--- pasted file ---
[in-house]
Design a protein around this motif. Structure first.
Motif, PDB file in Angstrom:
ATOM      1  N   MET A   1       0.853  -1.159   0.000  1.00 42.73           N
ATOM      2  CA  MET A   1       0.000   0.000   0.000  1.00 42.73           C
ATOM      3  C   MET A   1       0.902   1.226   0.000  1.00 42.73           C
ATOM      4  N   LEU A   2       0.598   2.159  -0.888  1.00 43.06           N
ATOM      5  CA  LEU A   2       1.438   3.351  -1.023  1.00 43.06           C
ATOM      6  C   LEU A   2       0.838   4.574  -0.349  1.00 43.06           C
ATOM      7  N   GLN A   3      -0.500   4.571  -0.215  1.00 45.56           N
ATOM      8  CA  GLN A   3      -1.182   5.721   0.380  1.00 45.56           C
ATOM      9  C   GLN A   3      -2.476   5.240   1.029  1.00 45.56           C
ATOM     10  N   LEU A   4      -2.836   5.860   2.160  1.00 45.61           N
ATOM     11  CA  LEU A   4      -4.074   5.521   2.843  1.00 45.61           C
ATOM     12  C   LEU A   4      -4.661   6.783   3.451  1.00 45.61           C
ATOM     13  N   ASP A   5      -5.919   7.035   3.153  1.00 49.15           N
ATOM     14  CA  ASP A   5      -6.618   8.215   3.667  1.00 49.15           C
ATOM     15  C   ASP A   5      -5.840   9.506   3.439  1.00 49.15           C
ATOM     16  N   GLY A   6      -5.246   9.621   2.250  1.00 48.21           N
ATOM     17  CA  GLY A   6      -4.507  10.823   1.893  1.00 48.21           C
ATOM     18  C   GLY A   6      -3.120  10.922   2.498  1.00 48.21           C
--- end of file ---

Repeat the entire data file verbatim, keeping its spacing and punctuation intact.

[in-house]
Design a protein around this motif. Structure first.
Motif, PDB file in Angstrom:
ATOM      1  N   MET A   1       0.853  -1.159   0.000  1.00 42.73           N
ATOM      2  CA  MET A   1       0.000   0.000   0.000  1.00 42.73           C
ATOM      3  C   MET A   1       0.902   1.226   0.000  1.00 42.73           C
ATOM      4  N   LEU A   2       0.598   2.159  -0.888  1.00 43.06           N
ATOM      5  CA  LEU A   2       1.438   3.351  -1.023  1.00 43.06           C
ATOM      6  C   LEU A   2       0.838   4.574  -0.349  1.00 43.06           C
ATOM      7  N   GLN A   3      -0.500   4.571  -0.215  1.00 45.56           N
ATOM      8  CA  GLN A   3      -1.182   5.721   0.380  1.00 45.56           C
ATOM      9  C   GLN A   3      -2.476   5.240   1.029  1.00 45.56           C
ATOM     10  N   LEU A   4      -2.836   5.860   2.160  1.00 45.61           N
ATOM     11  CA  LEU A   4      -4.074   5.521   2.843  1.00 45.61           C
ATOM     12  C   LEU A   4      -4.661   6.783   3.451  1.00 45.61           C
ATOM     13  N   ASP A   5      -5.919   7.035   3.153  1.00 49.15           N
ATOM     14  CA  ASP A   5      -6.618   8.215   3.667  1.00 49.15           C
ATOM     15  C   ASP A   5      -5.840   9.506   3.439  1.00 49.15           C
ATOM     16  N   GLY A   6      -5.246   9.621   2.250  1.00 48.21           N
ATOM     17  CA  GLY A   6      -4.507  10.823   1.893  1.00 48.21           C
ATOM     18  C   GLY A   6      -3.120  10.922   2.498  1.00 48.21           C